Rafael Nadal: It was a quick turnaround for Nadal, who went from winning the title in Stuttgart to losing in his opening round to Alexandr Dolgopolov in Queen's, 6–3, 6–7, 6–4. Nadal led 4-2 in the final set but couldn't hold on. Given how nervous he played in the third set it's hard to gauge what to expect from him at Wimbledon.
Simona Halep: It's official: Simona Halep is in a slump. It may not be as pronounced as Eugenie Bouchard or Agnieszka Radwanska's current troubles—both lost early again in Birmingham—but it's just as worrisome. The Romanian lost 2–6, 6–0, 7–6 to Kristina Mladenovic in the Birmingham quarterfinals. Since losing to Serena in three sets in the Miami semifinals in April, Halep just hasn't been the same player. She failed to advance to a final on clay, her best surface, and crashed out quietly from the French Open. Now after a disappointing result in Birmingham, she has reportedly split with her coach Victor Ionita right before Wimbledon.
Grigor Dimitrov: Last year's champion left Queen's quietly with a 6–4, 7–6 loss to Gilles Muller in the second round.
Kei Nishikori: He was looking strong in Halle and headed for a final showdown against Federer. But a calf injury forced him to retire to Seppi in the semifinals. Can Nishikori get healthy in time for Wimbledon?
Photo of the week
Video of the week
In case you missed it
- Kristina Mladenovic, always an erratic talent, is starting to string quality wins together. She beat both Bouchard and Halep in Birmingham, dropping bagel sets on each.
- Nick Kyrgios lost to Stan Wawrinka in Queen's and proceeded to tell reporters he felt disengaged in the match and didn't want to be there. He then pulled out of this week's Aegon Open in Nottingham to "take a break." Whether due to physical injury or mental fatigue, the 20-year-old is struggling with a full ATP schedule.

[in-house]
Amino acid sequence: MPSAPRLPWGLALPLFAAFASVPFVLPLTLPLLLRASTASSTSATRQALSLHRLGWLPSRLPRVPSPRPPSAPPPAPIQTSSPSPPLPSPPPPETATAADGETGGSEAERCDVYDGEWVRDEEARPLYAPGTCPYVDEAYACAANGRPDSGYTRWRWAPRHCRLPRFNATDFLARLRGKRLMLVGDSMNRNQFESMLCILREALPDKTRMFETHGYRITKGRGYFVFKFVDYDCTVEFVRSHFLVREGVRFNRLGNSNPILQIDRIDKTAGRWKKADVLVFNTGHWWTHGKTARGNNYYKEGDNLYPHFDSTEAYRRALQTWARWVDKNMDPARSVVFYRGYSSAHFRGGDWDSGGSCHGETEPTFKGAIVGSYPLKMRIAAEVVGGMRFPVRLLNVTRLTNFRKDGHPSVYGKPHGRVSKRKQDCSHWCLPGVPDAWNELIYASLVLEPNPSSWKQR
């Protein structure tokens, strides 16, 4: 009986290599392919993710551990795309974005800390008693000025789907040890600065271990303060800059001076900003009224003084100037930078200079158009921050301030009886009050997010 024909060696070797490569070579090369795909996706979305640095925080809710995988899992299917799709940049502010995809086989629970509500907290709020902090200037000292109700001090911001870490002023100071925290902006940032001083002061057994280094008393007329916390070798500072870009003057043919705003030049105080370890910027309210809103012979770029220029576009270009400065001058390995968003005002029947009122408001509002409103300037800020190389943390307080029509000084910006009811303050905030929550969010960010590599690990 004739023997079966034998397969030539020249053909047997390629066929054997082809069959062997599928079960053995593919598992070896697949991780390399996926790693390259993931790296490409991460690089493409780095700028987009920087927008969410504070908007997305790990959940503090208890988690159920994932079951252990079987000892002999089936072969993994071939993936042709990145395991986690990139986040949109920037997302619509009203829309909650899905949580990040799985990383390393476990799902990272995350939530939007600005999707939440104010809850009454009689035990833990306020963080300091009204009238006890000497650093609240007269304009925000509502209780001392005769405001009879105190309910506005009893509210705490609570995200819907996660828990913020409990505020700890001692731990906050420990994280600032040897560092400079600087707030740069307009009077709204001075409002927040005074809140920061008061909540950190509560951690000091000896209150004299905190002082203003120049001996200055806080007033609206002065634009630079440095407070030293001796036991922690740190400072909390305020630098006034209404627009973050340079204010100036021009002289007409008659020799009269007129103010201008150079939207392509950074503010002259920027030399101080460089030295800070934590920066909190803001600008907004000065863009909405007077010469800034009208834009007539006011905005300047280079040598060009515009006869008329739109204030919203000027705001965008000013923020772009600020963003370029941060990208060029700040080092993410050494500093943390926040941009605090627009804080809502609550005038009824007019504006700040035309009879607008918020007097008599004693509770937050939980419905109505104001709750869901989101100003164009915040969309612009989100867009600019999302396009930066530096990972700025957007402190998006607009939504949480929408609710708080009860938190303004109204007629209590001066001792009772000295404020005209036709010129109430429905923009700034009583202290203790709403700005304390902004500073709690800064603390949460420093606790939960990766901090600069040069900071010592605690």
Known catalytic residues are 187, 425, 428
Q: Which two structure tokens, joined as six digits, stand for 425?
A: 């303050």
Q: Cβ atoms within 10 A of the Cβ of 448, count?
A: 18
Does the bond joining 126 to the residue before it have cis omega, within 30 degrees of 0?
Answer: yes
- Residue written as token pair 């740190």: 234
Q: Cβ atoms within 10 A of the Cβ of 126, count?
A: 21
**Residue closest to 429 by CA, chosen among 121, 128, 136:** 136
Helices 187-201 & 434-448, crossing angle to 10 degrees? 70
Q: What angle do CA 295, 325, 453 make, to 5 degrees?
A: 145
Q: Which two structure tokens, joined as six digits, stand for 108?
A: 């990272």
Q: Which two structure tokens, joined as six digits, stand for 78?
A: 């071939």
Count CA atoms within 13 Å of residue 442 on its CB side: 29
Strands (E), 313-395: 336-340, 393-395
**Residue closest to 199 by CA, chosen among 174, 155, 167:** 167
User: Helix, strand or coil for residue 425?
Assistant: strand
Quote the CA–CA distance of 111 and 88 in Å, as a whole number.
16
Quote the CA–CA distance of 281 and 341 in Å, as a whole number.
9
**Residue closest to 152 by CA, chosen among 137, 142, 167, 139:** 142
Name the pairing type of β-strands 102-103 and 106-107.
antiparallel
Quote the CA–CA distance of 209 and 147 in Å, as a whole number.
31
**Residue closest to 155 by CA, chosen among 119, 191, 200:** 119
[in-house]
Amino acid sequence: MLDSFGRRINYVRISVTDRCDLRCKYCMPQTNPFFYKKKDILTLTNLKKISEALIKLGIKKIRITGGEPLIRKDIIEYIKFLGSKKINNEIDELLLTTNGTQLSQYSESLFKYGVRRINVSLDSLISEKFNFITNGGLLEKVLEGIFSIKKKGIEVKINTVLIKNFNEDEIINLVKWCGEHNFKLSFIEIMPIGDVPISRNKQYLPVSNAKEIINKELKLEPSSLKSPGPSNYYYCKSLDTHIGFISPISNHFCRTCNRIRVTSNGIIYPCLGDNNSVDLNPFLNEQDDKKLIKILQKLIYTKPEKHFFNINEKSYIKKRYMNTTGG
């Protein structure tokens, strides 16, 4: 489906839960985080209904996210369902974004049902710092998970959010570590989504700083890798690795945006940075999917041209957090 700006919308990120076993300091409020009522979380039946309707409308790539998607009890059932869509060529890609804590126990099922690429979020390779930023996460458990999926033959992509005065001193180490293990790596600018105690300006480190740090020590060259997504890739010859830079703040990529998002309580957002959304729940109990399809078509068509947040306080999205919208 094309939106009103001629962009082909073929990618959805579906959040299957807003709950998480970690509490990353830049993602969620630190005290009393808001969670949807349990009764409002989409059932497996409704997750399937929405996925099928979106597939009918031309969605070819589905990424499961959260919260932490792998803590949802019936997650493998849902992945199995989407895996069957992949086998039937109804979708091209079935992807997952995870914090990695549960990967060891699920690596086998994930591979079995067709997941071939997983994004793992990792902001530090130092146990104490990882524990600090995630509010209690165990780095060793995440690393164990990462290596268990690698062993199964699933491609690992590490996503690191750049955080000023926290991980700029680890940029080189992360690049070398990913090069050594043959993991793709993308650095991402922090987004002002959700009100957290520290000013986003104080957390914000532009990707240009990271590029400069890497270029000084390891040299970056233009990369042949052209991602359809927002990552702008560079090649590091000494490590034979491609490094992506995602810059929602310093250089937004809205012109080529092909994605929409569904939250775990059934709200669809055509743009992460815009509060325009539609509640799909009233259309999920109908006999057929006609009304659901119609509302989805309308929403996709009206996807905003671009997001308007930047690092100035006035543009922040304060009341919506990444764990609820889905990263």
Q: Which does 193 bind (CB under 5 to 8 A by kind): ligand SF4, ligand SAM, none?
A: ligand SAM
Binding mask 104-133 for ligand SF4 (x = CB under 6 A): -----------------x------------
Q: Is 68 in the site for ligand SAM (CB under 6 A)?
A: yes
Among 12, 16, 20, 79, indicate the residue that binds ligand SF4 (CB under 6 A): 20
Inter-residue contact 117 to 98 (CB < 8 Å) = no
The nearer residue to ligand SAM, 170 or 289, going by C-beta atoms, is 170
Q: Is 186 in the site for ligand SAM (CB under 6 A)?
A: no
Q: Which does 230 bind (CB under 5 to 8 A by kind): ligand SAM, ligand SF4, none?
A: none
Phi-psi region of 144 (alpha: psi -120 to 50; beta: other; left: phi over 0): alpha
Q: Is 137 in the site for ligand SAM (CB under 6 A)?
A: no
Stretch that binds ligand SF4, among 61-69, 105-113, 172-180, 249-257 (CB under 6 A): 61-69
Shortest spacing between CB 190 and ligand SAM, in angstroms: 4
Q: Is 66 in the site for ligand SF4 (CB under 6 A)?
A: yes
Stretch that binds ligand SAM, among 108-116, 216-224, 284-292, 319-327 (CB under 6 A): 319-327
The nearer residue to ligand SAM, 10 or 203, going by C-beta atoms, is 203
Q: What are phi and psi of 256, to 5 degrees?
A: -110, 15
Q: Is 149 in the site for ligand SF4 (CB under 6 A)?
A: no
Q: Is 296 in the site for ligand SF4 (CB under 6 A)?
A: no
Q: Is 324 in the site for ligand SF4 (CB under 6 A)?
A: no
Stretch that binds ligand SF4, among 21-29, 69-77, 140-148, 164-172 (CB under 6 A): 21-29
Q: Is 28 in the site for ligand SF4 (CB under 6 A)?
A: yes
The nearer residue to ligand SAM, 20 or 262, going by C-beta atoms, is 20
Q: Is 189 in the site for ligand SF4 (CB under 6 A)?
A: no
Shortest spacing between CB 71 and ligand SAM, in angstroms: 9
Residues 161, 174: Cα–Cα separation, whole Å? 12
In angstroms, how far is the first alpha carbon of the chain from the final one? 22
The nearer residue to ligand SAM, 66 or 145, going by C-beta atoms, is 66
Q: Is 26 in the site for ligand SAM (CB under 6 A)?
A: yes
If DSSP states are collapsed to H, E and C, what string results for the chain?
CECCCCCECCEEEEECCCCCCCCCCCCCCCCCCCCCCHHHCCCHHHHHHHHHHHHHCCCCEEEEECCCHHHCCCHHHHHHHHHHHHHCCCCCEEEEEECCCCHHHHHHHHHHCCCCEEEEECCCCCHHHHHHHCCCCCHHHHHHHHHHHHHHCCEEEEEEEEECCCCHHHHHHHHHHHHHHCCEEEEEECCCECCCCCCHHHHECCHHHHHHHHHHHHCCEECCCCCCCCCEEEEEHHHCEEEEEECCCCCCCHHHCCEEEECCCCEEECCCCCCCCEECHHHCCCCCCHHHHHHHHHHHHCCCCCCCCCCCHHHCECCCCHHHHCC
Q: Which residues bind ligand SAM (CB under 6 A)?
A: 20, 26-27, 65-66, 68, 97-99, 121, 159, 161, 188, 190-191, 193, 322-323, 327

- Gael Monfils was looking good in Halle. Then he went for an insane shot out wide, went down hard and retired from the match.
- We don't want to harp on things, but Eugenie Bouchard has now lost 10 of her last 11 matches after yet another opening round loss.
- Worrisome: Victoria Azarenka withdrew from Birmingham with a left foot injury.
- Laura Robson made her return after 17 months out of the game with a wrist injury. Given a wildcard into Birmingham qualifying, she lost 6–0, 6–1 to Daria Gavrilova. That she finished the match without pain is a victory.
- Ana Ivanovic continues to mystify. She had a great run at the French Open to make the semifinals, then in her title defense in Birmingham she lost in the second round to Michelle Larcher de Brito. And yes, she double-faulted on match point.
- This exchange between the Murrays is what makes them great:
- Wimbledon makes no secret about wanting a certain, uh, "type" of player to do well and be showcased. Last year's finalist Eugenie Bouchard is currently ranked No. 12. Last year's semifinalist Grigor Dimitrov is ranked No. 11. Both aren't playing as well as they were this time last year. Will the All England Club give them a boost for a top eight seed on Wednesday?
- While nearly everyone else is playing lead-ups, here's Serena Williams: